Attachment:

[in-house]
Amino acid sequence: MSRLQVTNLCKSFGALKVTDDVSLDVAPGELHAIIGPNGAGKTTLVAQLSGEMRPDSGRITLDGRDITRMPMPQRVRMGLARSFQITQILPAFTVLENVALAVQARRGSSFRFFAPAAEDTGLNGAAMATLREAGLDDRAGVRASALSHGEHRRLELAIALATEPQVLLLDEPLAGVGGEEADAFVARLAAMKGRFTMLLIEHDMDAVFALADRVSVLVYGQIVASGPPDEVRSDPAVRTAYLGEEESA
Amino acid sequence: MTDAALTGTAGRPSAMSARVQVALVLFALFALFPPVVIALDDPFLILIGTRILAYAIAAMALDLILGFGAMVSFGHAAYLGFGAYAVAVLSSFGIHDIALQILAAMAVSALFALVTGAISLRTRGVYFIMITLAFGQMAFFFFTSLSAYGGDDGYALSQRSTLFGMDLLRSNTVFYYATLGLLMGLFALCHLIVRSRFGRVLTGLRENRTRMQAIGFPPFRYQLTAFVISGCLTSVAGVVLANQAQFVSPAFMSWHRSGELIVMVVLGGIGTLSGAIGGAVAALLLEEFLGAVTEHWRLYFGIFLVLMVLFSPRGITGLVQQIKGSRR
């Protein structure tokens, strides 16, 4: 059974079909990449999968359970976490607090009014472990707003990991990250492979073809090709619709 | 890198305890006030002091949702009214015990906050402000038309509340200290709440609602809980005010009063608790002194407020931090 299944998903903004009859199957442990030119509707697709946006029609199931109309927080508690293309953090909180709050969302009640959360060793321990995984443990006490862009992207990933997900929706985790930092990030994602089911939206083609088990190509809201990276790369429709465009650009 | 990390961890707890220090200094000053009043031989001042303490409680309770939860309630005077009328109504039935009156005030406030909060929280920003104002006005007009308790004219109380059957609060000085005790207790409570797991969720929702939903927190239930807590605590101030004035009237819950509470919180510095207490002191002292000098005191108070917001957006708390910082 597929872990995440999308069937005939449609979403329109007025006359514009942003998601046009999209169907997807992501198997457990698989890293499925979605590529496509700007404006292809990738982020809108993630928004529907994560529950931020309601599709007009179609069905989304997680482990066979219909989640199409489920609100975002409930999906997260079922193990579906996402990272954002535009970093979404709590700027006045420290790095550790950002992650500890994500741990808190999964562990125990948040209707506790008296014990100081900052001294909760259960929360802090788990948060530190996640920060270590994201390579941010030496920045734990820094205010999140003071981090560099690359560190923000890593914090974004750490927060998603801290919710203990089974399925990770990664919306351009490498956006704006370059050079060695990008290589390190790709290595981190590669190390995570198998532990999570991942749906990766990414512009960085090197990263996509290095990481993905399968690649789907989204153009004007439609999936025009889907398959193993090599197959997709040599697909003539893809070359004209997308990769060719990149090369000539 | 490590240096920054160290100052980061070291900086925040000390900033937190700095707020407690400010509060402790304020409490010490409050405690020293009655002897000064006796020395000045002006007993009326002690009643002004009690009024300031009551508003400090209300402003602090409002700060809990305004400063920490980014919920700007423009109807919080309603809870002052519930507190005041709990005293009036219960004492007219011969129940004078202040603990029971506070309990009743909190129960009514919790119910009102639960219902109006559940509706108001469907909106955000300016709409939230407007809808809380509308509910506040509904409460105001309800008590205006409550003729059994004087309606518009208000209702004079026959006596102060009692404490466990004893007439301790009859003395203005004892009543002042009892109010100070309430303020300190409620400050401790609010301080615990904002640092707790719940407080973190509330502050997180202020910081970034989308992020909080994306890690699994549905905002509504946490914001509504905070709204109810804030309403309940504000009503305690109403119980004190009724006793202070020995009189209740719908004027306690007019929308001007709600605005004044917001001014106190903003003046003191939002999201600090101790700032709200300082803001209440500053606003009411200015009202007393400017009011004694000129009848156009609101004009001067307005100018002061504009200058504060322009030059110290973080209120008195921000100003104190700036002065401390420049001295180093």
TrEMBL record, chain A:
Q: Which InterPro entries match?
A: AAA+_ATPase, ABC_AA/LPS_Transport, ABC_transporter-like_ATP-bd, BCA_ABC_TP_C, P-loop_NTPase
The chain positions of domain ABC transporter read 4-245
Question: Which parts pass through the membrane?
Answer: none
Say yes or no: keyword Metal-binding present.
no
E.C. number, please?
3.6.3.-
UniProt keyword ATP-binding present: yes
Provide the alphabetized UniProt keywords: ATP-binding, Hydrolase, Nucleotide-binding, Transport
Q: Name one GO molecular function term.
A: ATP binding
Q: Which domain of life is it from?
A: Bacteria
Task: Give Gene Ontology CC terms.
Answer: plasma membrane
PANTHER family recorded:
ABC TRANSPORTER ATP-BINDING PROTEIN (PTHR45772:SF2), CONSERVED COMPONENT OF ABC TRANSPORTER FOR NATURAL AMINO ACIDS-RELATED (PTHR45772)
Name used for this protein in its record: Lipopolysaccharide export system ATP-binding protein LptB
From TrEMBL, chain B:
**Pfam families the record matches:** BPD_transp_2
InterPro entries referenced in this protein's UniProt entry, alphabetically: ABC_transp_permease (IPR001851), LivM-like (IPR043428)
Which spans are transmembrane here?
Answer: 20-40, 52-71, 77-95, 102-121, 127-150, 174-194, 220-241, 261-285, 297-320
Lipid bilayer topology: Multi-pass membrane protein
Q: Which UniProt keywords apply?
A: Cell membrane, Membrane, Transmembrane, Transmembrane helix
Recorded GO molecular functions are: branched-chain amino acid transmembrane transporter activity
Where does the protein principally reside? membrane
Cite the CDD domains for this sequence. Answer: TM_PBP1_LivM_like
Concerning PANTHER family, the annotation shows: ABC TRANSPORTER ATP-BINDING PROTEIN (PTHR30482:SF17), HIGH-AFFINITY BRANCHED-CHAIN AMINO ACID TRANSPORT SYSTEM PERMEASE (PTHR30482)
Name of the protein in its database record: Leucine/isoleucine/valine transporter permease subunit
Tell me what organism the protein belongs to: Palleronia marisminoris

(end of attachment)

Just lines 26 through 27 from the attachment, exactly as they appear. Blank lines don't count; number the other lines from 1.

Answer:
From TrEMBL, chain B:
**Pfam families the record matches:** BPD_transp_2